Trump's closing argument: A woman cannot be president


Donald Trump has not been able to best Hillary Clinton on policy, on preparedness, on competence, or on temperament. So he has turned to the only card he has left: Demeaning her for being a woman.

Speaking on a stage with members of the military seated behind him, Donald Trump's closing argument against Hillary Clinton includes the contention that a woman simply cannot be president.

"You know, when I look at these great admirals and these great generals and these great Medal of Honor recipients behind me, to think of her being their boss?" he said. "I don't think so. And you know, they're incredible patriots. They would never say a thing. But I know what they're thinking. It's not for them, believe me."


Major General (Ret.) Paul Eaton, a former commander in Iraq and a senior adviser to, issued a statement firmly pushing back on Trump's claim:

Apparently, Donald Trump never was taught how the military works, and certainly not in that military-themed private school. Generals, on down to Privates and Airmen, and Admirals on down to the newest Sailor, respect the command structure of our military. We all took the oath to support and defend the Constitution of the United States, and to defend America against all enemies, foreign and domestic.

Eaton noted he speaks to "many generals and other flag officers...who do not want Donald Trump to be their boss," and that he would personally prefer Clinton, were he still in active duty.

As a retired Major General, I’d want Hillary Clinton as my boss, if I was still in active duty. She has proven herself to be immensely capable, deeply knowledgeable, and a steady, firm hand ready to guide our military in these dangerous times. As a father, with sons serving, there is no doubt that I would vastly prefer that their Commander in Chief be Hillary Clinton, not her unhinged opponent, Trump.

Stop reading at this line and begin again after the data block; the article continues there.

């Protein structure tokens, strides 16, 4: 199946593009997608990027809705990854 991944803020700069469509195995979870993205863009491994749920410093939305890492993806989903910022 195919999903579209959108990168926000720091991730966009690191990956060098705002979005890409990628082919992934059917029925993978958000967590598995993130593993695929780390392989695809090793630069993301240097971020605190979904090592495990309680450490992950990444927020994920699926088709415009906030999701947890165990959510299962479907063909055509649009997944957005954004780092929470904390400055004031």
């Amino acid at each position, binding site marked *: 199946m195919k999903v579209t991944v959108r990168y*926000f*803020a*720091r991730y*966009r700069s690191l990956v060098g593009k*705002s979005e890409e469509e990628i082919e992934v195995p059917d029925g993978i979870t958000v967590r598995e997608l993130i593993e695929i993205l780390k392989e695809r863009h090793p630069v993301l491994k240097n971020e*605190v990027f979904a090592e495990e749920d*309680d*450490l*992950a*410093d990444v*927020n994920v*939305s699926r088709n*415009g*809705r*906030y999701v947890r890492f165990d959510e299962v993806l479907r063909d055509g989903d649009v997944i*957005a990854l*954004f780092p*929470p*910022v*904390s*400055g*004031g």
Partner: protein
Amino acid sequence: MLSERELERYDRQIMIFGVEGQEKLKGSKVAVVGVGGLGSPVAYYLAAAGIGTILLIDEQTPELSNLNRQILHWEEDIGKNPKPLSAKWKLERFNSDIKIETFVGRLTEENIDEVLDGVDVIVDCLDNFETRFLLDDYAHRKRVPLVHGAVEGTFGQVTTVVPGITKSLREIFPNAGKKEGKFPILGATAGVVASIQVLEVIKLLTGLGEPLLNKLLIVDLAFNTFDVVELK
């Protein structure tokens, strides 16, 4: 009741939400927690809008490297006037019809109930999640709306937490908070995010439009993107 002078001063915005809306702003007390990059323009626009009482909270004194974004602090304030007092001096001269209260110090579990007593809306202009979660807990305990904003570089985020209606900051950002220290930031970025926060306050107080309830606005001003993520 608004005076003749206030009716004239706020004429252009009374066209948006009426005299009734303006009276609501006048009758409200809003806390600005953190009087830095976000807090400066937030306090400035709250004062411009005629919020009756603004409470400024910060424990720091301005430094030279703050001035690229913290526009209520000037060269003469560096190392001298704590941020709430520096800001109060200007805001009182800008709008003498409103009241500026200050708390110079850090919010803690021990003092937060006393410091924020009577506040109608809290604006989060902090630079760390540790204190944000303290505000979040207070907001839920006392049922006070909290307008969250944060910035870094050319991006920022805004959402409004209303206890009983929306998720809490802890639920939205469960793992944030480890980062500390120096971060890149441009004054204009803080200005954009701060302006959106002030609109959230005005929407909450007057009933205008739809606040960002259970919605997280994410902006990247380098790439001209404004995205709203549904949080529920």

In addition to Trump's deep misunderstanding of the military, suggesting a woman cannot be an effective leader of men is the most basic expression of gender bias.

The assertion that men in traditionally male-dominated fields — military, police, construction, mining, science, etc. — cannot be led by women is part and parcel of maintaining those fields as bastions of male exclusivity. Women have always faced steep resistance when we try to force our way past resistant gatekeepers, and woman have always proved that we can be just as capable as men, given the same opportunities.

Now, a woman is petitioning to be the president and commander-in-chief. She is meeting the same resistance and the same narratives about female bosses that greet any other woman who tries to be first — and for the same reason.

Bias is about a lot of things: Fear, hatred, resentment, privilege. It is also about a failure of imagination.

Trump is trading on the fact that many people cannot imagine a woman leading the country — and its military — simply because a woman has never done so before. It is a deeply cynical ploy, to try to leverage women's historical exclusion in order to maintain our continued exclusion.

But it is all he has left. He cannot beat her on the merits. And so, in the closing days, he invokes once again the power of institutional sexism to make his argument for him: Clinton cannot be president because she's a woman.

It is a desperate and pathetic bid. And, ironically, it reveals that the woman against whom he is running, who needs not rely on ancient prejudices to win, is the stronger candidate. And has been, all along.